Sebastian Cestaro is an Argentinian illustrator and art director whose imaginative characters come in all kinds of (surreal) shapes and sizes. Mesmerised by the infinite possibilities of illustration, Sebastian was drawn to the craft from a young age. “I was a big fan of Looney Tunes, Tom and Jerry and other cartoons of that style. They definitely left their mark on me. I think it was around that time I started to admire illustration as an art form,” Sebastian tells It’s Nice That. His drawings may have been inspired by children’s cartoons, but the result is a sophisticated, thought-provoking compendium of shapes, colours and unusual dimensions.
Big, round eyes are a recurring motif throughout Sebastian’s illustrations and lend the multi-coloured shapes distinct personalities. A variety of happy, sad, curious and puzzled colourful configurations look out of his animated worlds. “My characters can be anything. Sometimes they are robots and other times they are carpets, circles or even staircases. I use a lot of eyes because I find that they bring my illustrations to life. My characters like to look around. They are attentive,” Sebastian explains. A sense of surveillance infiltrates his work. Some drawings are made up of large looming eyeballs that watch over the smaller technicolour characters, while other illustrations contain hidden eyes that get lost in the busy scenes. The attentive gazes give these shapes individual identities and evoke a sense of interaction between the characters.
This interplay between Sebastian’s illustrated figures has become increasingly central to the artist’s projects. “I started thinking about how I could make my work more powerful. I began playing around with the layout when I saw my drawings side-by-side. That’s when I started joining them into groups of four. I felt that displaying my drawings in this way would be the best way to tell a different story from what I had been doing,” Sebastian says. This shift transformed his work from a series of singular stories into a tapestry of imaginary universes tied together by an overarching narrative.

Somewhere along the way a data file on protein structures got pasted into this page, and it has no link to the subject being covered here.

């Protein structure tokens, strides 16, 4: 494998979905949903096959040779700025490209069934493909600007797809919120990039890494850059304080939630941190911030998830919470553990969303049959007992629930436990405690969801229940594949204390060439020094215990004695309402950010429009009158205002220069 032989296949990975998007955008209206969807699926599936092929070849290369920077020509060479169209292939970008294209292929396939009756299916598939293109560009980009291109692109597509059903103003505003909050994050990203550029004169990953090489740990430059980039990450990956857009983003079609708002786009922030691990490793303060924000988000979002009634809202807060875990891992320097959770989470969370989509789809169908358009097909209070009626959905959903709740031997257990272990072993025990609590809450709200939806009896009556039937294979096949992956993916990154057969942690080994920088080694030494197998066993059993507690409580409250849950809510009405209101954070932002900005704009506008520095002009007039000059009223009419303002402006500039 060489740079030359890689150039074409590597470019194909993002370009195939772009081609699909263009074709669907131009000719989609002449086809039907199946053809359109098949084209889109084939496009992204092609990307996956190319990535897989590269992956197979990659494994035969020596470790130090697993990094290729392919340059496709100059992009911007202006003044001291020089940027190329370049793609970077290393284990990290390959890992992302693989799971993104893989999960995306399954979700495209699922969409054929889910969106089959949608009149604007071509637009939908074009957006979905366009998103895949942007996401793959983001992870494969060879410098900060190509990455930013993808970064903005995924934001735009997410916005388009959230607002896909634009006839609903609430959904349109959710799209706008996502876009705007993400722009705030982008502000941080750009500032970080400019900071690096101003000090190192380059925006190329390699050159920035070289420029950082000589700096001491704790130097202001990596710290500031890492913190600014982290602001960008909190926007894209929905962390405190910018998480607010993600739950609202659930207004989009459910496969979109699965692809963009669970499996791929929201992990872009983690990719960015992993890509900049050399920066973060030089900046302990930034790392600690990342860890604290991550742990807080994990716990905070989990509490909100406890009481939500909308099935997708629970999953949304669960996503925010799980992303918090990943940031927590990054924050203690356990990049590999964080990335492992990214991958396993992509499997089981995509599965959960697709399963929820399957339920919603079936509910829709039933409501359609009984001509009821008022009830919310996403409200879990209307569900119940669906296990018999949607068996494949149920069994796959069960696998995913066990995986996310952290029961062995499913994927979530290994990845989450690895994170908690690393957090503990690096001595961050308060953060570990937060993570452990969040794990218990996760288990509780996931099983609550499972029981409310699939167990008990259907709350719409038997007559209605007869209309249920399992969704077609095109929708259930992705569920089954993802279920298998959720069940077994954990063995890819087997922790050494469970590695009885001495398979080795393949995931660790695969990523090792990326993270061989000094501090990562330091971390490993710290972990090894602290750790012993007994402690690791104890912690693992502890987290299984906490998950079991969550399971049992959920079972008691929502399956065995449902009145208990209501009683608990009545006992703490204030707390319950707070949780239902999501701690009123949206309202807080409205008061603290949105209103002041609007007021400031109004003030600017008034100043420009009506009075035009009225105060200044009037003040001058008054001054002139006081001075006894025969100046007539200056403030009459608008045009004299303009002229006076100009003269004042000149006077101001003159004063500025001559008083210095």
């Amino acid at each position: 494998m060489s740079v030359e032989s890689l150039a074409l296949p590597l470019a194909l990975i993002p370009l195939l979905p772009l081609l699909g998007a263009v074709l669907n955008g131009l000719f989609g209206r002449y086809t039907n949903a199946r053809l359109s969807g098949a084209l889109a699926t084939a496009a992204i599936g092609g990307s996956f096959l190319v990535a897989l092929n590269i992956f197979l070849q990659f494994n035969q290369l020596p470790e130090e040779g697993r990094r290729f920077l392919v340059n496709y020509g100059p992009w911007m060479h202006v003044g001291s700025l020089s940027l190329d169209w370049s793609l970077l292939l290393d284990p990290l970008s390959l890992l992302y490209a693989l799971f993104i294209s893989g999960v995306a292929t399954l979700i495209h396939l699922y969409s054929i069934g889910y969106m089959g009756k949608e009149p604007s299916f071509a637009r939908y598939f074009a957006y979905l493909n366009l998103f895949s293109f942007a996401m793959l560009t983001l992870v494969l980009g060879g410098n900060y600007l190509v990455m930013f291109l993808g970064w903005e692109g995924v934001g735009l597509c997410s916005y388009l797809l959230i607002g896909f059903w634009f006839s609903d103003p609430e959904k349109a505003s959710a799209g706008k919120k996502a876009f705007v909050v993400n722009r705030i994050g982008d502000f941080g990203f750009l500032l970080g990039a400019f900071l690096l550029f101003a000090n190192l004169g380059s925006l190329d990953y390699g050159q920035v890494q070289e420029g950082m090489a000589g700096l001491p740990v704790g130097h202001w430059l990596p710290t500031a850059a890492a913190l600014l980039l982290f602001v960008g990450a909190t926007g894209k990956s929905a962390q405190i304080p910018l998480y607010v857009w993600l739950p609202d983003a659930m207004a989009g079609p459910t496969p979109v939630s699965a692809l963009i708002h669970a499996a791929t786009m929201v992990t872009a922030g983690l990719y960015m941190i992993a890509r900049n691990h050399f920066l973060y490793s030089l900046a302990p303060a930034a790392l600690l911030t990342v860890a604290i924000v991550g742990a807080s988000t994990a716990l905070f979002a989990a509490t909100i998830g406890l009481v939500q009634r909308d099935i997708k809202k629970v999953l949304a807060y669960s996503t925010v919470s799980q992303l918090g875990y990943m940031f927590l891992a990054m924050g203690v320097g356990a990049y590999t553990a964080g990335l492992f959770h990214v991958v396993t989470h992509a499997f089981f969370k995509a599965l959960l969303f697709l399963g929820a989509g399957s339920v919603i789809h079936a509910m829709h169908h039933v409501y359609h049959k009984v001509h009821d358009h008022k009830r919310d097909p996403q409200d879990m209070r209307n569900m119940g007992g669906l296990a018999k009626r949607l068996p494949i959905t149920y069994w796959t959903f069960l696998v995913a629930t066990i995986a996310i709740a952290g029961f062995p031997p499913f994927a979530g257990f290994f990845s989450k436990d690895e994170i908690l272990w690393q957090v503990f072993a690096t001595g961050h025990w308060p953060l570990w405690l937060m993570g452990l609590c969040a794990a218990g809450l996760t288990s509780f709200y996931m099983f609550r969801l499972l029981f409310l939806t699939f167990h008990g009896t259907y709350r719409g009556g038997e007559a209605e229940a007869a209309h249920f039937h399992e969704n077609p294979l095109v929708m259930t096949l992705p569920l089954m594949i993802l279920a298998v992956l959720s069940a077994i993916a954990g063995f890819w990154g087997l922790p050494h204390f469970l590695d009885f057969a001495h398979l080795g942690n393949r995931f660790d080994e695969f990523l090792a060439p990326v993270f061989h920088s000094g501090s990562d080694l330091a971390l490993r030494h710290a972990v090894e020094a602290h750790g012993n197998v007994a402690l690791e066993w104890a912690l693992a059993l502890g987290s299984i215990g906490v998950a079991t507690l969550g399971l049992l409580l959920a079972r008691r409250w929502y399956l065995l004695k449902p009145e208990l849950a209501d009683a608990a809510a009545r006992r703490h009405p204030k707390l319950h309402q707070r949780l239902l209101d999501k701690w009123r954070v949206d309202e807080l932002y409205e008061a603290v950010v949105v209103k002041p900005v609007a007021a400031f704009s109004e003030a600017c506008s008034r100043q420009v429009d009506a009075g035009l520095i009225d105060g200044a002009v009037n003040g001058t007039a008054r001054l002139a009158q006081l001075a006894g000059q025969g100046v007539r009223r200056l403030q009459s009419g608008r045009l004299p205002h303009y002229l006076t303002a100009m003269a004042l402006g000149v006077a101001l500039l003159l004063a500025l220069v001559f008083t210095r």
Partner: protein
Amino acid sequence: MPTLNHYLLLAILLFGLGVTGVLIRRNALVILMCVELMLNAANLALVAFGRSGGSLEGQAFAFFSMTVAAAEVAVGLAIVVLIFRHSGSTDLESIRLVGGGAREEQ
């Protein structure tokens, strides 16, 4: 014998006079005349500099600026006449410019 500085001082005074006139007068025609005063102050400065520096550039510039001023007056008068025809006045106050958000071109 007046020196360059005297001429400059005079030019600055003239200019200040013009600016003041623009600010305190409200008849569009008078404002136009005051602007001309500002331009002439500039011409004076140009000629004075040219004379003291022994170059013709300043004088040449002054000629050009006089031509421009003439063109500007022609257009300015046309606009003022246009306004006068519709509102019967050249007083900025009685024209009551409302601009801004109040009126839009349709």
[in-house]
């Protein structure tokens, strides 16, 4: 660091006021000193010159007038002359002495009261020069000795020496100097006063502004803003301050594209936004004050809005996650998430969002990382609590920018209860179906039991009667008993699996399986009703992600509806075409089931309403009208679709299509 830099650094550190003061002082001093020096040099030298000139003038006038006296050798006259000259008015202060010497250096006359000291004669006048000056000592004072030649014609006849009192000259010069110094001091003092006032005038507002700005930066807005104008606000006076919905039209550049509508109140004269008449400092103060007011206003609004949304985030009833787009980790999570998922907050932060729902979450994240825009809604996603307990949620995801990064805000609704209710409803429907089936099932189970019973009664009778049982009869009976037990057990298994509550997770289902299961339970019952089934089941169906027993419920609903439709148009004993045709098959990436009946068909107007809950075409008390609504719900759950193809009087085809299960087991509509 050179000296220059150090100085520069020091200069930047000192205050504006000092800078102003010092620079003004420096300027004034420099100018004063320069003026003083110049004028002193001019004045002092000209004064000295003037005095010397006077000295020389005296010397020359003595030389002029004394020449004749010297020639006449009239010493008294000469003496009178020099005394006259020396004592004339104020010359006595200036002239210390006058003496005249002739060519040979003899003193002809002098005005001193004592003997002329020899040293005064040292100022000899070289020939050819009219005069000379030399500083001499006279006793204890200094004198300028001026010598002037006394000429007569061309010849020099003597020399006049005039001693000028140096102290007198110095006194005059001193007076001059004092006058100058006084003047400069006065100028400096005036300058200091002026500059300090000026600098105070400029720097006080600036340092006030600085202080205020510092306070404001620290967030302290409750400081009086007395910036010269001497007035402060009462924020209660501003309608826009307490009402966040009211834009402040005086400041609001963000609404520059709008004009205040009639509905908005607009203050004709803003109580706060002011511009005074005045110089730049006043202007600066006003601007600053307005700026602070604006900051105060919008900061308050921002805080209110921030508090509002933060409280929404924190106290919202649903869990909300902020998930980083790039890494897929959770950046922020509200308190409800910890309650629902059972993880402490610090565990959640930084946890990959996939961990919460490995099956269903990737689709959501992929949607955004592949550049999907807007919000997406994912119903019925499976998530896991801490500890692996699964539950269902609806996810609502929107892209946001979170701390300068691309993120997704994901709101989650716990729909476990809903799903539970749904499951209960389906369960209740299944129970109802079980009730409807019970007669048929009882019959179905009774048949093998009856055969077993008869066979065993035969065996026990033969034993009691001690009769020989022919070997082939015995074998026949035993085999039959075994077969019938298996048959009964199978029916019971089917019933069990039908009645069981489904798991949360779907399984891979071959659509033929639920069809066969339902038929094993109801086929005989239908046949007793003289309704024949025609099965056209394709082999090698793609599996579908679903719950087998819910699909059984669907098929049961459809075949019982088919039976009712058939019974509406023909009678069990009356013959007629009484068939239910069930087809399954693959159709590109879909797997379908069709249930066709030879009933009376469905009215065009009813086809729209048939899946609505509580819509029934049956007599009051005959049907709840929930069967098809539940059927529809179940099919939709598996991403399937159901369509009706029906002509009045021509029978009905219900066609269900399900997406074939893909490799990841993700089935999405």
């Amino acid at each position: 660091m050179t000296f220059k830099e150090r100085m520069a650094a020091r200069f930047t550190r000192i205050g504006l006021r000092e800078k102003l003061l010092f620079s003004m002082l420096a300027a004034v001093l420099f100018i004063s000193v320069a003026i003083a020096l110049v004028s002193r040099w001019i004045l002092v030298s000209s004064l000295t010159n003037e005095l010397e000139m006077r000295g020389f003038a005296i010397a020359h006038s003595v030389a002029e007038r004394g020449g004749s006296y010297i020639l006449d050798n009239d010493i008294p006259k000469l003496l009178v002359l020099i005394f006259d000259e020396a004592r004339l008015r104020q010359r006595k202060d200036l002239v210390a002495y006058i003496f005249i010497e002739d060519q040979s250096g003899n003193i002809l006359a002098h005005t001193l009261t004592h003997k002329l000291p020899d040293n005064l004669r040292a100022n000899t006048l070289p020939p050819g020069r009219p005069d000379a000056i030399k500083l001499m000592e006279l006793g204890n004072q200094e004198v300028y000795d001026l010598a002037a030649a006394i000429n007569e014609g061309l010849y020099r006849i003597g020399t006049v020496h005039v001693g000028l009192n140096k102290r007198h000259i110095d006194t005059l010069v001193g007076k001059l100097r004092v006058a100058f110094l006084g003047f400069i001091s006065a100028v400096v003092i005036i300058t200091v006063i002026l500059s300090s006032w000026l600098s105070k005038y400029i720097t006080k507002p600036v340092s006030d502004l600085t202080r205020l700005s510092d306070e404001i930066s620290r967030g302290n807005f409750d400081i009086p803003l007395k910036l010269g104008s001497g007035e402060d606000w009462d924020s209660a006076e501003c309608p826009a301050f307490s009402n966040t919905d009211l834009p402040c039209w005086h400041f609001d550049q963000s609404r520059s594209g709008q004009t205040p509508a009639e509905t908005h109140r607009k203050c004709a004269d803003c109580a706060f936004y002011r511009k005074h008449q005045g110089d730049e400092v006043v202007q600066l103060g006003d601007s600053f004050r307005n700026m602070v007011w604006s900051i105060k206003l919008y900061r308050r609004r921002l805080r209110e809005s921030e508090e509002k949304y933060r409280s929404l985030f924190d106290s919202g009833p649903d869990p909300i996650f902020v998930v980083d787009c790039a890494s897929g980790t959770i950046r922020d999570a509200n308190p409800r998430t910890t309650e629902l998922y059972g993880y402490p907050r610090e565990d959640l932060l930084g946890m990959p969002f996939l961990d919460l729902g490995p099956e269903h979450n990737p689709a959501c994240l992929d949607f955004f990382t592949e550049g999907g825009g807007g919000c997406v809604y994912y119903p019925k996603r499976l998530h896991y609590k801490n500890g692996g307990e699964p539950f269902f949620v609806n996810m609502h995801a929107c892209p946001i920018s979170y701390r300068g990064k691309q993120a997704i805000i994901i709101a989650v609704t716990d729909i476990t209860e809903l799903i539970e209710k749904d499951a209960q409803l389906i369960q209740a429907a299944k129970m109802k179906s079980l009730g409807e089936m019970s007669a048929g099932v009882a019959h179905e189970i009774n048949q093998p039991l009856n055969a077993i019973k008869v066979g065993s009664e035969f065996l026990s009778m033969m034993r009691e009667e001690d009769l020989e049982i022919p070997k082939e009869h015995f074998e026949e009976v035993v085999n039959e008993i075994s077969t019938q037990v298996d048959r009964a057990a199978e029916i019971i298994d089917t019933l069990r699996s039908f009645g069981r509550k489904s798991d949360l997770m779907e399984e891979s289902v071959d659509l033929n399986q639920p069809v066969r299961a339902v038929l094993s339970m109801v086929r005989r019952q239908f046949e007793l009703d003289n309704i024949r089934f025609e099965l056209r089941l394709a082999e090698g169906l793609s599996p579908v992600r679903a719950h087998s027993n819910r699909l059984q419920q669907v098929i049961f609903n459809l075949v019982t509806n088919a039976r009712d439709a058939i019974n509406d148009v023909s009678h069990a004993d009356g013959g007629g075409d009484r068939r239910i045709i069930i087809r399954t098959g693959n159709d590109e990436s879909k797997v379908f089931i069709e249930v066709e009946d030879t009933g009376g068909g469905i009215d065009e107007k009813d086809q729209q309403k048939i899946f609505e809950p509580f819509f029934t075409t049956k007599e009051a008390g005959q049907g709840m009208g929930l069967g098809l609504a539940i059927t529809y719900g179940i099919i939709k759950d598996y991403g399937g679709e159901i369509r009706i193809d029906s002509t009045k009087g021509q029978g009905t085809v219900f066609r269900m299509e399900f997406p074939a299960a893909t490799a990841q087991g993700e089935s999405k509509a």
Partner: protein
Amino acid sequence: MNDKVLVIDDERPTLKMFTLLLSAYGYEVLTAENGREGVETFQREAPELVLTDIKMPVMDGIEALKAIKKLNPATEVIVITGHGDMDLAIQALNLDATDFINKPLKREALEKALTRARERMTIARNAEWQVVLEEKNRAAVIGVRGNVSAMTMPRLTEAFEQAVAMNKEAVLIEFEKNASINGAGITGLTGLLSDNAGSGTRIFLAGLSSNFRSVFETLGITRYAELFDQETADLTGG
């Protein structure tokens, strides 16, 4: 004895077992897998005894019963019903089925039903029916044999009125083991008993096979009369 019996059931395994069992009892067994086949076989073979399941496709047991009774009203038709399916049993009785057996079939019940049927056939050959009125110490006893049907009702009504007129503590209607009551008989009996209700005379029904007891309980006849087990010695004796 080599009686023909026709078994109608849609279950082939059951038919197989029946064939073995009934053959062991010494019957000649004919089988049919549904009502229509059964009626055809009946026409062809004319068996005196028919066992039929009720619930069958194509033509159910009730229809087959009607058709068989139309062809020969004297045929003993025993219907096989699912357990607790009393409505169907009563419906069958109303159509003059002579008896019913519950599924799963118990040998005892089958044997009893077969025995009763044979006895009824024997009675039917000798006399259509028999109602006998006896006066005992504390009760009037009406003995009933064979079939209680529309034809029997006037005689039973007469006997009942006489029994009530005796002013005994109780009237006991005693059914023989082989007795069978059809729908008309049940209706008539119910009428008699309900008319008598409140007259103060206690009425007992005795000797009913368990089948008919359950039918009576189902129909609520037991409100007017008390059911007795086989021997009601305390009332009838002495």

Sebastian’s intricate, eye-popping compositions are, surprisingly, hardly ever planned. “Most of the time I sit down to create something without having a clear idea of what I’m going to do. It is only once I start, that ideas come to me. When it feels right, I let it rest. By gaining some distance from my work, I can see more clearly if it’s necessary to add or take away things.” Sebastian’s creativity is spontaneous and the fact his engaging and elaborate worlds are the result of unplanned sketching makes his creations all the more impressive.
- Have an ogle at Sein Koo’s marker pen illustrations of all things food-related
- Albert magazine's analytical yet colourful design proves how “knowledge can also have sex appeal”
- Typeface Ciao communicates auditive intonations of the spoken word
- Photography duo Luke & Nik talk us through the inspirations for their analogue manipulation
- Filmmaker and writer Pedro Neves Marques merges biopolitics with sexual politics
- Dinamo's Fabian Hard on exploring new technology with typography
- True's sixth issue thoughtfully showcases emerging and established photographers
- It’s cheese but not as you know it: ManvsMachine’s TV ads for Castello
- Jon Gray on designing book covers for Zadie Smith, Sally Rooney and other literary giants
- WeTransfer tell users to "Please Leave" in new short film
- Graphic Fest has all you need to know about visual identities for festivals and fairs
- Master one style or stay versatile? Illustrators discuss the pros and cons